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A distinguished writer who creates amazing books.

A distinguished writer who creates amazing books.

A book review of Benediction

Article: Liam Fitz-Gerald

[dropcaps round=”no”]K[/dropcaps]ent Haruf’s Benediction is an emotionally charged novel that captures the last summer of a terminally ill man’s life and the various peoples interacting with him in the fictional town of Holt, Colorado. Indeed, Haruf spins a tale that interweaves several characters and their interactions with one another in Holt while exploring several issues ranging from coming to terms with death, parent-child relations, and politics.

Himself a Colorado resident, Haruf studied English at Nebraska Wesleyan University and served with the Peace Corps as an English teacher in Turkey and later taught at Southern Illinois University. At 41, he published his first works of fiction in the journal Peurto Del Sol and from there his writing career took off. Benediction is the latest of six books penned by Haruf, and the third one set in his fictional town of Holt.

Haruf is a distinguished writer, having won such awards such as the Whiting Foundation Writers’ Award, the Mountains & Plains Booksellers Award, and the Spirit of the West Award. His books have also received nominations for the Los Angeles Times Book Prize, the New Yorker Book Award, and the National Book Award. His work has been compared most notably to Ernest Hemingway. The Minneapolis Star Tribune has written that “Haruf’s sentences have the elegance of Hemingway’s early work [and his] determined realism.”

Yet Haruf’s writing also evokes Cormac McCarthy. Indeed, Haruf’s writing utilizes McCarthy’s trademark style of no quotation marks to indicate speaking or describing (which can get confusing at times if one is not paying attention) and use of short paragraphs and short descriptive sentences.

Haruf’s novel opens with the book’s central character, Dad Lewis, receiving a devastating diagnosis of terminal cancer and told that he will likely die by the end of the summer. Benediction (which means to say a blessing) follows Lewis, a hardware store owner, as he reflects on important events in his life, such as the tragic consequences of firing a shoplifting employee and an argument that leads to lifelong estrangement with his son, and how he handled them.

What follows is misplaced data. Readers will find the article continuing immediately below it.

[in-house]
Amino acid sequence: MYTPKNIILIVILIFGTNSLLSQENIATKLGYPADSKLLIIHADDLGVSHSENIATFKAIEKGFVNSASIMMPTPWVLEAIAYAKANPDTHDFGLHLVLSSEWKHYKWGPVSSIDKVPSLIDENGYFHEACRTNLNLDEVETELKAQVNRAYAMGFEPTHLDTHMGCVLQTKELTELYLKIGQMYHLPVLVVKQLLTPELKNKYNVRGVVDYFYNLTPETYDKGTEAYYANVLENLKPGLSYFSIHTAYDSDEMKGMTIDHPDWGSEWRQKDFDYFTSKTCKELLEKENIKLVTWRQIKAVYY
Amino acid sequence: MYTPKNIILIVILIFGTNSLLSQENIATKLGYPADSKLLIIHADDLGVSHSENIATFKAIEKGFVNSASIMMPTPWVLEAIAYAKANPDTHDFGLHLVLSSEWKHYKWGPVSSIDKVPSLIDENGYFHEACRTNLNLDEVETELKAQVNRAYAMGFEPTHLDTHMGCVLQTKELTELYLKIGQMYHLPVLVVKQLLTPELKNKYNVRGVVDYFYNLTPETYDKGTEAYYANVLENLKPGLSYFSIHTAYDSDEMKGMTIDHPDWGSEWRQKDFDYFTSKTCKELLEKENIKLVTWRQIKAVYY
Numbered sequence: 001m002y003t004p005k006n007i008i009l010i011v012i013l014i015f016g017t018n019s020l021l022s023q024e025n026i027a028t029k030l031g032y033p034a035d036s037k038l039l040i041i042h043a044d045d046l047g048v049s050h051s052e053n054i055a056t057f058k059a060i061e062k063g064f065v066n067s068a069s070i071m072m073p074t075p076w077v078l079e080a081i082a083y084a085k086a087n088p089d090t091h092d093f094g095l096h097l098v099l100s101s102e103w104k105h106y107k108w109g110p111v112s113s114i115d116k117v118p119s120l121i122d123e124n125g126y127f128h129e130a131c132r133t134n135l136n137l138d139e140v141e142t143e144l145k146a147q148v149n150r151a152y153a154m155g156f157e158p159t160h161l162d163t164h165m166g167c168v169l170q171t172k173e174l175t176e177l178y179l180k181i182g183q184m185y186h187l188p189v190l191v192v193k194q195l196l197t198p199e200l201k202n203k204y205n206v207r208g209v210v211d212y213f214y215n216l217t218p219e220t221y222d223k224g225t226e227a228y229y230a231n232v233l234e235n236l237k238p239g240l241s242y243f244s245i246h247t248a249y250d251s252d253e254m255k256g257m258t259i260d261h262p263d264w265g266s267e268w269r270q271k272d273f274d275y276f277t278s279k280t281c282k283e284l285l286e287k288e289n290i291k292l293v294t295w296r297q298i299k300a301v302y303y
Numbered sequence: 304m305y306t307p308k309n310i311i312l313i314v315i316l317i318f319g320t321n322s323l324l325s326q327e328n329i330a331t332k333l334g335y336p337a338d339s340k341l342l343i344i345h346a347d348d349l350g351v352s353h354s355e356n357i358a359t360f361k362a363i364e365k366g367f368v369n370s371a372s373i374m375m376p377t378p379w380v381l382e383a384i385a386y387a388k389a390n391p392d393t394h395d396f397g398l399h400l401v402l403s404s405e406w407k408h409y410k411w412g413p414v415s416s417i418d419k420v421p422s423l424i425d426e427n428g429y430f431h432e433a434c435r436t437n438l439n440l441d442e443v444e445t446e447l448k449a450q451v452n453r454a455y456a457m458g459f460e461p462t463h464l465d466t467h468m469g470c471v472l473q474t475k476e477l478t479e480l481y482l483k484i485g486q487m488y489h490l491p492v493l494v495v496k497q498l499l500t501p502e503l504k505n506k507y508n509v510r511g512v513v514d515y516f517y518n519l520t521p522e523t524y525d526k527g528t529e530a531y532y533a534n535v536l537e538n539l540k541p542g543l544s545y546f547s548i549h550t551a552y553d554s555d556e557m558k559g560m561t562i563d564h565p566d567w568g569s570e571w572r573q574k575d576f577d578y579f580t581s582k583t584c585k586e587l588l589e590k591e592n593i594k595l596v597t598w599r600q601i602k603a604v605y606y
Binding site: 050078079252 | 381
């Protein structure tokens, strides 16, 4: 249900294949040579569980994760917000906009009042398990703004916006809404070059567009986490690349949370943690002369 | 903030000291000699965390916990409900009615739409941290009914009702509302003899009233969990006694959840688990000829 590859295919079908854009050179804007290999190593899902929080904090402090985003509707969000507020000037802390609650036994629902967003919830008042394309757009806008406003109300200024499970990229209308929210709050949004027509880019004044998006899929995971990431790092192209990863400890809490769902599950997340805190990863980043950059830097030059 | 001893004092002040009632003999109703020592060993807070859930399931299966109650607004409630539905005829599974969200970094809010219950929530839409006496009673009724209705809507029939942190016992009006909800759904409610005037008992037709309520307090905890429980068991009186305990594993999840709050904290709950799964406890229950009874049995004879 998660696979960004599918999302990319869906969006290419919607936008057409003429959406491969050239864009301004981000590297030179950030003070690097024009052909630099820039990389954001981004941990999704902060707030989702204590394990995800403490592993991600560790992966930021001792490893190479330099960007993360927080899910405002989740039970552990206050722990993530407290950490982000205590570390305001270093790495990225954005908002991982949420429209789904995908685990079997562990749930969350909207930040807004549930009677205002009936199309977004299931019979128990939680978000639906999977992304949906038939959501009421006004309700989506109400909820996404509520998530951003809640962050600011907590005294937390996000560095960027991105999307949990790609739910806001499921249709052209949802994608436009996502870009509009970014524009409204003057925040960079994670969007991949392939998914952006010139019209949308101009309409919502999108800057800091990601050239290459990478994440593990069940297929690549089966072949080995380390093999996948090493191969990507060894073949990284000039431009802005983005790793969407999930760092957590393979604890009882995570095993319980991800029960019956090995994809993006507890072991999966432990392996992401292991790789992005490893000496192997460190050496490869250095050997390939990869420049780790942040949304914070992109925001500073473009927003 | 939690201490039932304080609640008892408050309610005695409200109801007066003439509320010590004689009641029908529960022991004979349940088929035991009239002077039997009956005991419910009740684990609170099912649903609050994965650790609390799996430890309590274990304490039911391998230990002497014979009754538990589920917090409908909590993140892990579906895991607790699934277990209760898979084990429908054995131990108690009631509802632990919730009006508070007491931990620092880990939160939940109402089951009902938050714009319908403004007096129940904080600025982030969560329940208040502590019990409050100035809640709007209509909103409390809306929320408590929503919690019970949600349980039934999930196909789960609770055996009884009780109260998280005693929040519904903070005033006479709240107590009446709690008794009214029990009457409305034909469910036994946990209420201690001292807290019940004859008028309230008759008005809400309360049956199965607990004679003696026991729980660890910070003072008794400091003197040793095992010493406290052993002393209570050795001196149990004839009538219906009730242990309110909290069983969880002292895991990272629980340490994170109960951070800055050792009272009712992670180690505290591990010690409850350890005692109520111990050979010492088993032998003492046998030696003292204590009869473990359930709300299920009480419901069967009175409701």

Interwoven with the main story of Lewis are subplots of several other characters, including a church minister new to town with controversial ideas of his own and his troubled boy, family members and close friends of Lewis and a love affair gone totally awry.

While the major theme of the book is a man coming to terms with his mortality, Haruf also explores the relationship of parents to children and children to adults more broadly. Set in the early 2000s, Haruf explores political themes, such as unmitigated patriotism and questioning the policies of one’s country; themes that still echo in North America today. The novel has something for everyone and students from small town Saskatchewan will recognize the maxim of everyone knowing each other’s business emphasized throughout the book.

What Haruf manages to do successfully in this book is capture the trials and tribulations of not just the main character, but several others, and does so in a way that is descriptive and to the point. He does not drone on for pages about a single point, but explains everything succinctly and clearly. The chapters are short and the points are clear. The book is definitely well worth reading and certainly a highlight from 2013.

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Genre: Fiction

Year Published: 2013

Length: 258 pages

Publisher: Vintage Contemporaries

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